Would I go again? Probably not. Am I glad I went there? hmmm. Yes and no. But let’s start at the beginning. 4.5 billion years ago … haha, no not at THAT beginning 🙂
Going to Tibet needs planning in advance. You also gotta physically prepare for the trip, which means one year prior I started running up Grosse Mythen in Switzerland and did lots of exercises. More than usual. Then the day came and we fly to Kathmandu via Doha/Qatar. Arriving in the bustling city of Kathmandu wasn’t too much of a culture shock. We then did a few days of sightseeing with the group and getting to know everyone. It is impossible (well, it is legally impossible) to enter Tibet without a group. Or a Chinese guide/control freak. A little plane flew us to the east of the country. (I forgot the name already). From there we walked about 6 days along the Karnali river to the Tibetan/Nepali border. Along the way we crossed beautiful landscapes and visited a monastery that educates young children, some of them had to flee from Tibet over the mountains. At the border we camped, prepared the border crossing which meant, hide money, hide certain books (our guide had some buddhism books with poetry with him, so when we were at certain places he could read us from them). Next day the border crossing and already had enough of these chinese idiots. We then called them ‘men in green’ because of their green uniform. They searched through every single bag, looked at every book. Tore out parts that talks about Dalai Lama, Tibet (as it’s own country) and then returns a half empty Lonely Planet book. Why not just burn it? Anyway, I was standing there, thinking of how I would kill them but just had to smile. I guess this is where I learnt to be a great actress and fake happiness and all when in fact I just wanna hit them. It’s good to know how to fake calmness in certain borders also for my future travels. Smoking cigarettes usually helps.
Well, then we were officially in Tibet. Except, that they think it is China. So we also had a Chinese guide who drove us to the next village and on the way we stopped at one monastery to hand over money and medicine so they can distribute it fairly. This all had to be done hidden, without the spy guy finding out.
For relaxing times, make it Santori times.
At that village we had to wait for another day just to get cleared. It just is a demonstration on power from the “little green men” (no not aliens, I think even they are nicer).
The reason we booked this trip was the Kailash Kora. The four largest rivers have their source up there. The Indus, Brhamaputra, Karnali (which is a distributor of Ganges), and Sutlej. We met lots of Tibetans doing the kora, they all wanted to see a photo of the Dalai Lama (but all our guide books were ripped). We were not able to explain them anything of what happens, because they speak no English. We speak no Tibetan. The kora was 3 days, we were mostly on an altitude of 4,500 meters over sealevel. The way to the Dolma La was doable, but a bit rough at times. I just walked slowly and waited every 10 feet or so to drink water. We also had to drink lots of water due to high altitude. Anyway, I also made it to the top, 5,650 meters over sealevel. Great feeling. And the entire kora has obviously a deeper meaning behind it. It is not about the meters over sealevel.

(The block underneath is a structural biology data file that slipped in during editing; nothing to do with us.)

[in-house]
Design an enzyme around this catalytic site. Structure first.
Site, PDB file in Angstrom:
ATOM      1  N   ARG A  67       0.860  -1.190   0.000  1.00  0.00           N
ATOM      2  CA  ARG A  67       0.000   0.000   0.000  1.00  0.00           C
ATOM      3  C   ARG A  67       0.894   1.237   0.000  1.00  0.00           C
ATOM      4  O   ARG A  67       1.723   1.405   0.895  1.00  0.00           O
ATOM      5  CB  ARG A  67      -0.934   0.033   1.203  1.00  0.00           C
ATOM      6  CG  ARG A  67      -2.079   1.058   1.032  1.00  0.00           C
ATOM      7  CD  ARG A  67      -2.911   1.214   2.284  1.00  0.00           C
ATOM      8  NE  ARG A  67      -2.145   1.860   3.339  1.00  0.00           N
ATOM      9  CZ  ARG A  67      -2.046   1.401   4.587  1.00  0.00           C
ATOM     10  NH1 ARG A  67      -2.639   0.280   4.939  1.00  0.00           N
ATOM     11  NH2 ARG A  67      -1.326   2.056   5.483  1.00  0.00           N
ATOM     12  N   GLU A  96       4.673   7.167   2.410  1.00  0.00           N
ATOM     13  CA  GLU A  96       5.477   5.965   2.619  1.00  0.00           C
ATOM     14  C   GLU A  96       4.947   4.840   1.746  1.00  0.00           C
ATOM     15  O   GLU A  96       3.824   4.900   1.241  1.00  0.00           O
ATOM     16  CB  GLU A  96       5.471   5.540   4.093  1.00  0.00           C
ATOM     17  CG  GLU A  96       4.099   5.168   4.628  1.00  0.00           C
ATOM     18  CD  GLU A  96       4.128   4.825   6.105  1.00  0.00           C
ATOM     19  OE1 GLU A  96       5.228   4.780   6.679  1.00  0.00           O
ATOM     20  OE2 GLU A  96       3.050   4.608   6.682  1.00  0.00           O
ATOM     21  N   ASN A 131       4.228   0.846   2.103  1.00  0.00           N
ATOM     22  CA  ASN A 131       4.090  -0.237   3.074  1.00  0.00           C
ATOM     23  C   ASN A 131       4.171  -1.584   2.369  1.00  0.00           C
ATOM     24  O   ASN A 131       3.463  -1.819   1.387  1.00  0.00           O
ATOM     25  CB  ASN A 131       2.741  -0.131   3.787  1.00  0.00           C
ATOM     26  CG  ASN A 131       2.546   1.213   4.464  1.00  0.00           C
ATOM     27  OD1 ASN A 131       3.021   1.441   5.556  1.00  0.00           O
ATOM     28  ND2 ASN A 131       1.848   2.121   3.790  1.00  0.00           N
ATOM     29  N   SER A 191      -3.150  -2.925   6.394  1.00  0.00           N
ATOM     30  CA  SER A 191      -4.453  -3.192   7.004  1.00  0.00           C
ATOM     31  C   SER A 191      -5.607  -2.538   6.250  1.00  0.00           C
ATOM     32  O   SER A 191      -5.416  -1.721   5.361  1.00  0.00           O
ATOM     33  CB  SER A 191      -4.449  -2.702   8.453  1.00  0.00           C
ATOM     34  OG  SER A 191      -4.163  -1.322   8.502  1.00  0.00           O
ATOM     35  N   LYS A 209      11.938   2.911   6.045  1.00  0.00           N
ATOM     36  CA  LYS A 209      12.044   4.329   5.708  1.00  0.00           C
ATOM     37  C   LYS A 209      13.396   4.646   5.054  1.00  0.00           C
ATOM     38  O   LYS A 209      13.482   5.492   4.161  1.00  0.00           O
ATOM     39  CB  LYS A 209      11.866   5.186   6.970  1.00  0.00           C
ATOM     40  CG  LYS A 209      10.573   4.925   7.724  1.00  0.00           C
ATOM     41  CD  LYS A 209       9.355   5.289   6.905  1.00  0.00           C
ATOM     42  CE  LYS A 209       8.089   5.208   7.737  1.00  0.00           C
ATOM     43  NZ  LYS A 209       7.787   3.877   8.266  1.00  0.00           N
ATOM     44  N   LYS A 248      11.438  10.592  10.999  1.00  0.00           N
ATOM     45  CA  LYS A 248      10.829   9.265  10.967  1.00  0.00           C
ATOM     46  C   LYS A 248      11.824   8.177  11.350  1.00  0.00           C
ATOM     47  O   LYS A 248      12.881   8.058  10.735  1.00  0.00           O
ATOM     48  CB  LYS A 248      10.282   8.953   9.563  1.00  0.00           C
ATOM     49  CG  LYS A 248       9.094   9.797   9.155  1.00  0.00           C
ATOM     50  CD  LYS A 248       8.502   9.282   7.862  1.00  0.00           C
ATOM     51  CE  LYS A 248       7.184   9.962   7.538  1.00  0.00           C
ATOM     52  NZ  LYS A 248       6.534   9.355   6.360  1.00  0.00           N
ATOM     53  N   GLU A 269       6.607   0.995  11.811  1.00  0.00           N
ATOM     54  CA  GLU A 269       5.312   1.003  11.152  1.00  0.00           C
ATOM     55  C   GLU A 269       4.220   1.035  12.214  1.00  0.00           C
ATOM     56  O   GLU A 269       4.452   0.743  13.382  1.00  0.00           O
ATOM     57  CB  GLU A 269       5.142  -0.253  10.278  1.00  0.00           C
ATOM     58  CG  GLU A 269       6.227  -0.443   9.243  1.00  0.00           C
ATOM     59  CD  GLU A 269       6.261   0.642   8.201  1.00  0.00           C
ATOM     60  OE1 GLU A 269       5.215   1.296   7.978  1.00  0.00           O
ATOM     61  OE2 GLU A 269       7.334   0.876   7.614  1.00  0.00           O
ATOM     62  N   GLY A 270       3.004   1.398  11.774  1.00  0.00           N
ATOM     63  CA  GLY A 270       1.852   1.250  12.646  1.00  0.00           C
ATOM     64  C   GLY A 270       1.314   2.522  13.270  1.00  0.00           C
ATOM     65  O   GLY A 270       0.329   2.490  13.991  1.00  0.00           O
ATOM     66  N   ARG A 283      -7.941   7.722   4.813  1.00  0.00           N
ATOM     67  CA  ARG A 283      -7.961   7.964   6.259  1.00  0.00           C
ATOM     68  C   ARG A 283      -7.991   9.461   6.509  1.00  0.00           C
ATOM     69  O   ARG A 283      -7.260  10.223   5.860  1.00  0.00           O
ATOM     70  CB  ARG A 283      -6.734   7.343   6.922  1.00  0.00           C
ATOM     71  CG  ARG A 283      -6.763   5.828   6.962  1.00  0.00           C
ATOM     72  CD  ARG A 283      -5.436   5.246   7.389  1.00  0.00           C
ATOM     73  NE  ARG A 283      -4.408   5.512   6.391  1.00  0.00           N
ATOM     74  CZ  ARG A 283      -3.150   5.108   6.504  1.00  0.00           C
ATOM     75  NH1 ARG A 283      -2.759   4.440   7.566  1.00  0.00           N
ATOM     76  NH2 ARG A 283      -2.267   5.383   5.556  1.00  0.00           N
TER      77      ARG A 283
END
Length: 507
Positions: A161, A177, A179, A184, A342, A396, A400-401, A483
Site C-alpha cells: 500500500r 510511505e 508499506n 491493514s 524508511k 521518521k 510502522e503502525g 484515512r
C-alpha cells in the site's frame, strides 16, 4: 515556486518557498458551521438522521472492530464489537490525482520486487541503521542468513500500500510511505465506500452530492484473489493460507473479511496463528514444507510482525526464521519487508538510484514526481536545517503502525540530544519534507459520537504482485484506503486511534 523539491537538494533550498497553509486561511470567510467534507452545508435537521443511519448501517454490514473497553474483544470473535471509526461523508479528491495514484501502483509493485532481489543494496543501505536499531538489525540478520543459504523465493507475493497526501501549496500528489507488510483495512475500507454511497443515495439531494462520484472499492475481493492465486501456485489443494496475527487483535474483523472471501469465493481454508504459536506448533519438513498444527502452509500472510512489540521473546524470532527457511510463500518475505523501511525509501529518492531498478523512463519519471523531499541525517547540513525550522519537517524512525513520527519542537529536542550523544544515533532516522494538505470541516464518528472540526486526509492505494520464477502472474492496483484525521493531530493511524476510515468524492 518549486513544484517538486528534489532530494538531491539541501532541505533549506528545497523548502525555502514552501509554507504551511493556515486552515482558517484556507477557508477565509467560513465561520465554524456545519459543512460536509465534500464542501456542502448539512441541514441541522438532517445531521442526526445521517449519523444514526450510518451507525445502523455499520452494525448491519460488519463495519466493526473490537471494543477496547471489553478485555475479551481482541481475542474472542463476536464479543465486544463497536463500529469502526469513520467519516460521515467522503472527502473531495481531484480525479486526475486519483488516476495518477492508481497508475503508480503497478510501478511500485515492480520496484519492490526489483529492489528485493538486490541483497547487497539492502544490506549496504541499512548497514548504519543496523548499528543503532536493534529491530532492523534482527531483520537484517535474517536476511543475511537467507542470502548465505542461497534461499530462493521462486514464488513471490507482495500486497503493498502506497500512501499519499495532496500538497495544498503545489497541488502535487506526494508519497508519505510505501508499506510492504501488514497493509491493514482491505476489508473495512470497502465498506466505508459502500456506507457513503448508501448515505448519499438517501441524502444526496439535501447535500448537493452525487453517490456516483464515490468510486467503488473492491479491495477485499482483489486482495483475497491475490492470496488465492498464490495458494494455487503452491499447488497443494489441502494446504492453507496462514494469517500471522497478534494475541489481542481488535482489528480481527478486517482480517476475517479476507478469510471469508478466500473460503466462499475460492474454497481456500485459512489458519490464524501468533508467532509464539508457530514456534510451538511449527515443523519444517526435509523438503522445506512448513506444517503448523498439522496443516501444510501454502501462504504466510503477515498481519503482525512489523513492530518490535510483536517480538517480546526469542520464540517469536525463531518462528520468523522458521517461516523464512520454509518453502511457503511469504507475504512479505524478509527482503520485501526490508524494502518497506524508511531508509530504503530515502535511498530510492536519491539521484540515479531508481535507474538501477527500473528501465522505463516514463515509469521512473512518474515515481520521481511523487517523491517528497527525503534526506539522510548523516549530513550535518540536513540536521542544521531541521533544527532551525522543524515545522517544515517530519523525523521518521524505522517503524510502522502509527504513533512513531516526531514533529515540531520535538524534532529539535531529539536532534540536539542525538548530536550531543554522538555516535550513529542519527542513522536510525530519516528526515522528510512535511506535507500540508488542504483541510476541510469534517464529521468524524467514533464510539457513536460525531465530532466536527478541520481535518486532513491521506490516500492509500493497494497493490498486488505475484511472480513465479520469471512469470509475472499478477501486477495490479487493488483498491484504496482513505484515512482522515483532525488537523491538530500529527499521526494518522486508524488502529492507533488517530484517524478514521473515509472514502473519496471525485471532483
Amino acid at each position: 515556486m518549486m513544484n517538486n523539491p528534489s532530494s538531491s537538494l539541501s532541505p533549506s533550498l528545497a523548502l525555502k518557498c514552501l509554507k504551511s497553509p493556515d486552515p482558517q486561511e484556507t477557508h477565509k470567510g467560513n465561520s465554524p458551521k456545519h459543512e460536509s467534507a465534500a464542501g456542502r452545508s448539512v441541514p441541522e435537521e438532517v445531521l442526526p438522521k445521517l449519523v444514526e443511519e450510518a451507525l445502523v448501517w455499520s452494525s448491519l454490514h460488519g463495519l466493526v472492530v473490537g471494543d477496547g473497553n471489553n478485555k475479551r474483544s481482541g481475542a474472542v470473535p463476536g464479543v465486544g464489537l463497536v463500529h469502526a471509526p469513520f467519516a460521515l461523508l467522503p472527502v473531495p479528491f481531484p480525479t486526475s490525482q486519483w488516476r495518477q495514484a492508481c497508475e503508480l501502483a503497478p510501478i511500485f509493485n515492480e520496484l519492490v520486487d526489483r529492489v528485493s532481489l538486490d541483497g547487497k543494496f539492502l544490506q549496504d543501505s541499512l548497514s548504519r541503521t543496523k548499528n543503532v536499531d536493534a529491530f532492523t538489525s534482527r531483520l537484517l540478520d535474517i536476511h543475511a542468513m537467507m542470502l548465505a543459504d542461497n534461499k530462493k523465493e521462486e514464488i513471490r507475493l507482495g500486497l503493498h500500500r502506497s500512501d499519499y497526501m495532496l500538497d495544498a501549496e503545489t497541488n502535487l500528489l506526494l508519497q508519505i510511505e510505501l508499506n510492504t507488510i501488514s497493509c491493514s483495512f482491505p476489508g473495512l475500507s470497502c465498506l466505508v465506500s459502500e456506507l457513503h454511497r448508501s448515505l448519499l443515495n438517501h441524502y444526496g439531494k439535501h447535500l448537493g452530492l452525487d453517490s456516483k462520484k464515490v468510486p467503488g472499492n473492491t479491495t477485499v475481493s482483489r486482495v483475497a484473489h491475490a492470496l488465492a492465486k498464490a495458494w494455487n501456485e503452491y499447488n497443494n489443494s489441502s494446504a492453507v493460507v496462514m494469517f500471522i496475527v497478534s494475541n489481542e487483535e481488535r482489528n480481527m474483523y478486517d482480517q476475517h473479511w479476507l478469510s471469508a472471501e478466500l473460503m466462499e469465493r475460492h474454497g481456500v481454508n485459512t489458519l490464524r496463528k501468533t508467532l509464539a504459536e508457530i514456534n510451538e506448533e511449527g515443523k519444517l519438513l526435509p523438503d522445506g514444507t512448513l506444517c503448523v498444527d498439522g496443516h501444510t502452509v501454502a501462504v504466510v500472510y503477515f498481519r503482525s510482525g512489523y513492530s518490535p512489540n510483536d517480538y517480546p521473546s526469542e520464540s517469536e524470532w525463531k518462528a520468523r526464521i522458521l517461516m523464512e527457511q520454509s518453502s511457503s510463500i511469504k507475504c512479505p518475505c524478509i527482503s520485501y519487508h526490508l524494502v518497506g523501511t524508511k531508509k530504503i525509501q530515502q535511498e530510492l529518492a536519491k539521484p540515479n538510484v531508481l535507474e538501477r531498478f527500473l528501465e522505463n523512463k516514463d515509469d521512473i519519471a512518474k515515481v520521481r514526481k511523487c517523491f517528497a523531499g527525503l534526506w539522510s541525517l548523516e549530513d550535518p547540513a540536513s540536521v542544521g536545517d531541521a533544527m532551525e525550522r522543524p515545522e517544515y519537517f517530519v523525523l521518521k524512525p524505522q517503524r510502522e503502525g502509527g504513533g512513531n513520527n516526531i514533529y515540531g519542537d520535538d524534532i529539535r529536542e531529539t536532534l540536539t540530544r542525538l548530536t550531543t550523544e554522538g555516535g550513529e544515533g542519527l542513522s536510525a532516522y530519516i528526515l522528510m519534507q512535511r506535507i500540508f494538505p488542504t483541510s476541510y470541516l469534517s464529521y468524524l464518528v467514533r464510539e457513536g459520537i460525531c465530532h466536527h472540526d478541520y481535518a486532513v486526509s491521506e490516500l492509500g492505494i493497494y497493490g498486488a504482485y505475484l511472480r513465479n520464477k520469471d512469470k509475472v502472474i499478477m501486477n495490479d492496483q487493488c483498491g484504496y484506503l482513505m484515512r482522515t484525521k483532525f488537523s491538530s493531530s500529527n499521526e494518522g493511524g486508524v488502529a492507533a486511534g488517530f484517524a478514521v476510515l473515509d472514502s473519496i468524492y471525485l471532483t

After Kailash we drove to Tsaparang to view old monasteries. They were beautiful with all the drawings. But most of them were destroyed. By whom? What do you think…. I guess this was the point where I was getting a bit depressed because whatever you see, everything has been destroyed. And then the nomads were all so sharing and welcoming and the little food they had, they wanted to share with us. At the end of the trip I just had an empty backpack. Driving along old streets from east to Lhasa we met so many nice nomads. We also had to cross lots of check points from the “little green men”. In Lhasa we were supposed to go and look at the Potala Palace. By that time we were all depressed and just wanted to go back to Nepal. I think a few of the group went to see the Potala Palace but definitely not all of us. Some of us were just sitting somewhere with Whiskey and waited to fly back to Nepal.
Here we are in a room and not the tent – so we had hot baths for our feet!
So. Am I glad to have visited Tibet? The landscape is wonderful. Seeing Shishapagma, Cho Oyo, Mount Everest, Lhotse, Kailash and Nanda Devi was remarkable and I will never forget it. Standing on the pass in Nepal, looking into Tibet and then the clouds vanished for a little bit was magical. The Kailash kora did change a lot on how I see things in life. But seeing the daily oppression. Is not very holidayie. Until now, I have never watched anything about Tibet, read a book, or think about it too much as it just makes me angry. It took me a while to go to the grocery shop too.